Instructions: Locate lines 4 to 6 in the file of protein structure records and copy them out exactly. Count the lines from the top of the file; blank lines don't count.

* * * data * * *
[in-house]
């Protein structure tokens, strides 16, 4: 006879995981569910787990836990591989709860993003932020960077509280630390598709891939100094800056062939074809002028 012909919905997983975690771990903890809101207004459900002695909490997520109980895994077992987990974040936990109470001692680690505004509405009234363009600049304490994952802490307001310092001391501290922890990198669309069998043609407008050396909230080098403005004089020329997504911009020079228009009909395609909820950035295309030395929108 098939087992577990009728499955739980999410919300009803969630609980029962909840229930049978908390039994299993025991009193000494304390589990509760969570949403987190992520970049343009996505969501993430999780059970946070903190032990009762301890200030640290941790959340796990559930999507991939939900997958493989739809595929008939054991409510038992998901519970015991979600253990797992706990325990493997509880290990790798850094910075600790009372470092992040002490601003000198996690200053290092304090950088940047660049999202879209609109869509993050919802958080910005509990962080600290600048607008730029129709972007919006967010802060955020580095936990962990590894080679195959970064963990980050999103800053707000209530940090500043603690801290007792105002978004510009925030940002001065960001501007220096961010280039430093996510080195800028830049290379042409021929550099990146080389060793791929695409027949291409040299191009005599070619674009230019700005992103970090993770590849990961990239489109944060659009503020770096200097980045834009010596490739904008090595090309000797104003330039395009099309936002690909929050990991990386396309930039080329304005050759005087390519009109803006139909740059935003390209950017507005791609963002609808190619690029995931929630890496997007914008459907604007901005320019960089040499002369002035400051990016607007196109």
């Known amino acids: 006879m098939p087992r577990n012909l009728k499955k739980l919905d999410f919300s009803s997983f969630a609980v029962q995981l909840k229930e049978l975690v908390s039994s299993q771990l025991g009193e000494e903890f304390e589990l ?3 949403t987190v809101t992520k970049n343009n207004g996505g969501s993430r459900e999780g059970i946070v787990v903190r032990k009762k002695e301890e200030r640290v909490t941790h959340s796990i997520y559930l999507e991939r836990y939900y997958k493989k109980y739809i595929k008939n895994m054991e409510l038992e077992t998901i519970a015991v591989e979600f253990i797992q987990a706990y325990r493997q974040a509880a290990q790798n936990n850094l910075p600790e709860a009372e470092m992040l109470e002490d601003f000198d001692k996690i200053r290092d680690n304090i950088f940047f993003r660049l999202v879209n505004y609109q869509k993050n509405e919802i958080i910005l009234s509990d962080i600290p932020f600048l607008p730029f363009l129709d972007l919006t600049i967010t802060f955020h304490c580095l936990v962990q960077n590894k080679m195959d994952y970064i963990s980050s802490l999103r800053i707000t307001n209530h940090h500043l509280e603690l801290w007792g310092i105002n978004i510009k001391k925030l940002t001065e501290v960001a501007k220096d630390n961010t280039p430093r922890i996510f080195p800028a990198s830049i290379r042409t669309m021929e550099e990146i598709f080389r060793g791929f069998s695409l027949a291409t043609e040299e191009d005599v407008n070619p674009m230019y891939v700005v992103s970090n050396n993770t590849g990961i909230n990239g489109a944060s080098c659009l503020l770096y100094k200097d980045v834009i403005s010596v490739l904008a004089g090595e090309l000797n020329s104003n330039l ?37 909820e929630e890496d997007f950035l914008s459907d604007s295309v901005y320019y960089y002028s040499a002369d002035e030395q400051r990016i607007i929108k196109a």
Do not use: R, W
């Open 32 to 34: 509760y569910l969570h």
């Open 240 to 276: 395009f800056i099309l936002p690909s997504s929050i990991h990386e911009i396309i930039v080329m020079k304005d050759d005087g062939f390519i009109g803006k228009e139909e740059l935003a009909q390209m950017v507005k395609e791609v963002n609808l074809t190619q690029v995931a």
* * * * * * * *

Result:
Do not use: R, W
């Open 32 to 34: 509760y569910l969570h």
């Open 240 to 276: 395009f800056i099309l936002p690909s997504s929050i990991h990386e911009i396309i930039v080329m020079k304005d050759d005087g062939f390519i009109g803006k228009e139909e740059l935003a009909q390209m950017v507005k395609e791609v963002n609808l074809t190619q690029v995931a």